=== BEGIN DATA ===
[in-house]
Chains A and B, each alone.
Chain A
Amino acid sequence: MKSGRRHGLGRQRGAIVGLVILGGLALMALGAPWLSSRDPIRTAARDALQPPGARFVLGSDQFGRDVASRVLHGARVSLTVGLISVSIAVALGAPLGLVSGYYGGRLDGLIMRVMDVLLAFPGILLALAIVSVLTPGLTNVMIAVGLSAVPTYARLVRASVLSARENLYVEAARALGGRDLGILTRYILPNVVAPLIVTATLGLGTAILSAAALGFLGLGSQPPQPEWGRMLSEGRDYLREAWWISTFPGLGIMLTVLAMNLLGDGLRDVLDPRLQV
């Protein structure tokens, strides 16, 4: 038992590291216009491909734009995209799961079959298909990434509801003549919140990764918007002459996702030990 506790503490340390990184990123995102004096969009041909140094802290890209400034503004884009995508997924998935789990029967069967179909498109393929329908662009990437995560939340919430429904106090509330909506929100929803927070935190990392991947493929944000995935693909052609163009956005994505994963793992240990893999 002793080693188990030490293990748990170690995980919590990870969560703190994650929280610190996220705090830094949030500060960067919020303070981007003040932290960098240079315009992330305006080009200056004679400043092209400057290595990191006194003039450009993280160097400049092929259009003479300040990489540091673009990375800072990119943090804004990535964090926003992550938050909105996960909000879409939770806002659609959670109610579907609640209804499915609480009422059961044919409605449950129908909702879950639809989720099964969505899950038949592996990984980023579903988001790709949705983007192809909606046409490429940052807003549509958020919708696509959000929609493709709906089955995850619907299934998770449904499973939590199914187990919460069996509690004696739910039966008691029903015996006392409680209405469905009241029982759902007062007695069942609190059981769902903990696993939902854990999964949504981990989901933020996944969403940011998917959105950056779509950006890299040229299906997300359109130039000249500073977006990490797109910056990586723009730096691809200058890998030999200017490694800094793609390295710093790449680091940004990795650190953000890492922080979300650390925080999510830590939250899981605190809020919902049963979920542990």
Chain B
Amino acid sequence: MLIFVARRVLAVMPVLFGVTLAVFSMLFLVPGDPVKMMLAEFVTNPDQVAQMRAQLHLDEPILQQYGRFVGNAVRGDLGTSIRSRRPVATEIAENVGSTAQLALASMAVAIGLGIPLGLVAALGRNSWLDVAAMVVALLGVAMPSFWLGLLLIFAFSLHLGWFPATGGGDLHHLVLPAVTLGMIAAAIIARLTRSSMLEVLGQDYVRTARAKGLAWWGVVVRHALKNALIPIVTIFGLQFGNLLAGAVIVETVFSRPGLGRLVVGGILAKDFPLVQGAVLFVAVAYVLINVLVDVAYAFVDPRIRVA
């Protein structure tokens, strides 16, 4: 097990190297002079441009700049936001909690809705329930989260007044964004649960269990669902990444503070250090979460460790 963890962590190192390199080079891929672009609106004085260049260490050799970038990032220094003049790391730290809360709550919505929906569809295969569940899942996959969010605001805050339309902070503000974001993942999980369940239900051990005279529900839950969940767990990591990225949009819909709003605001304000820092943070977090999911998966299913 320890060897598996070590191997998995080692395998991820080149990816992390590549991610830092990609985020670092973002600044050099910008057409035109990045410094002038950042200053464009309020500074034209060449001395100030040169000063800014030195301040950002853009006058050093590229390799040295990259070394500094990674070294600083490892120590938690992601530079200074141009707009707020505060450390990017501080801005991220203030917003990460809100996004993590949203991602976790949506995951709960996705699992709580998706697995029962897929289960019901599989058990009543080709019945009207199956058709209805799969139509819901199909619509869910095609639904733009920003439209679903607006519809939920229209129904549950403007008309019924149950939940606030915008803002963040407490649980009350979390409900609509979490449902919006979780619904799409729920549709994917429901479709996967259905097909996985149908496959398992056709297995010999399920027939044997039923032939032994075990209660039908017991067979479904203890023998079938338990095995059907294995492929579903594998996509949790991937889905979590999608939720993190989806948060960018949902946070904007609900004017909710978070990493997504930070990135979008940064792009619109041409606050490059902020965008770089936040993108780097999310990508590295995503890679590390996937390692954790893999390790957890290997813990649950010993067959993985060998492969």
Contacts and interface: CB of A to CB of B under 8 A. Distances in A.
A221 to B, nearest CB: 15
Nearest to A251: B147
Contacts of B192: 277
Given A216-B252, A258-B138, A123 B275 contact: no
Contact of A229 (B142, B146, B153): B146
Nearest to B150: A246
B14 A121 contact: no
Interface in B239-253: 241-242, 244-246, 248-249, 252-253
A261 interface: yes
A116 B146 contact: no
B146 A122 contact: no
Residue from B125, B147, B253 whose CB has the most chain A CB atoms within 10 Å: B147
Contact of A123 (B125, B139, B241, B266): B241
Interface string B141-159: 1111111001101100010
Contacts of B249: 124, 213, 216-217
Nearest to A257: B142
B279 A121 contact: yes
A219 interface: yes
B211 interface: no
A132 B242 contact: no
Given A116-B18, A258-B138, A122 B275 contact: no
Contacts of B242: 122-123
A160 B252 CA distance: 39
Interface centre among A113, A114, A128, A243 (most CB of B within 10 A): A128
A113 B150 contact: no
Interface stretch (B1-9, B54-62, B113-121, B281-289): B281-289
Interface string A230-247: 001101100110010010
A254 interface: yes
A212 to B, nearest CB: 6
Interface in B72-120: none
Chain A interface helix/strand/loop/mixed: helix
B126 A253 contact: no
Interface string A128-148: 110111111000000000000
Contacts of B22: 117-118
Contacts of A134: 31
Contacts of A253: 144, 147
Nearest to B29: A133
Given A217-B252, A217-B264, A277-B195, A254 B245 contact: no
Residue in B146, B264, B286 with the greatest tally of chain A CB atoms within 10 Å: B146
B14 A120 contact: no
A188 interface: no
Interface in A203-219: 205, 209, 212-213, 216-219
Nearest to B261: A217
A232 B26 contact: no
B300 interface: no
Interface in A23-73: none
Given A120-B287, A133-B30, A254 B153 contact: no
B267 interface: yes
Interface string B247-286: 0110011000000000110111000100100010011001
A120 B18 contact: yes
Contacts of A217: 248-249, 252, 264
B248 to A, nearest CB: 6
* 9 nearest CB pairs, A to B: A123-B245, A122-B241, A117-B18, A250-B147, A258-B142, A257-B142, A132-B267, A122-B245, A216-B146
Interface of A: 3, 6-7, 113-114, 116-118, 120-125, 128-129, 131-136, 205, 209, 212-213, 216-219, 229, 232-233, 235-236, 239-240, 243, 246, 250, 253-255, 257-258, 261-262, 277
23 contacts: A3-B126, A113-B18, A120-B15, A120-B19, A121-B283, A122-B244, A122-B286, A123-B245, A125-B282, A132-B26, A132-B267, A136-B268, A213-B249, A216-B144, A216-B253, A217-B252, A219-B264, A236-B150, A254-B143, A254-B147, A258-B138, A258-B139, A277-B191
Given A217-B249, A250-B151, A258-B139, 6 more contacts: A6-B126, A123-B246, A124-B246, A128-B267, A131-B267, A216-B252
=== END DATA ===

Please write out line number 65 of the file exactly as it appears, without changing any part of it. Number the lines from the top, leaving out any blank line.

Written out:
Given A217-B249, A250-B151, A258-B139, 6 more contacts: A6-B126, A123-B246, A124-B246, A128-B267, A131-B267, A216-B252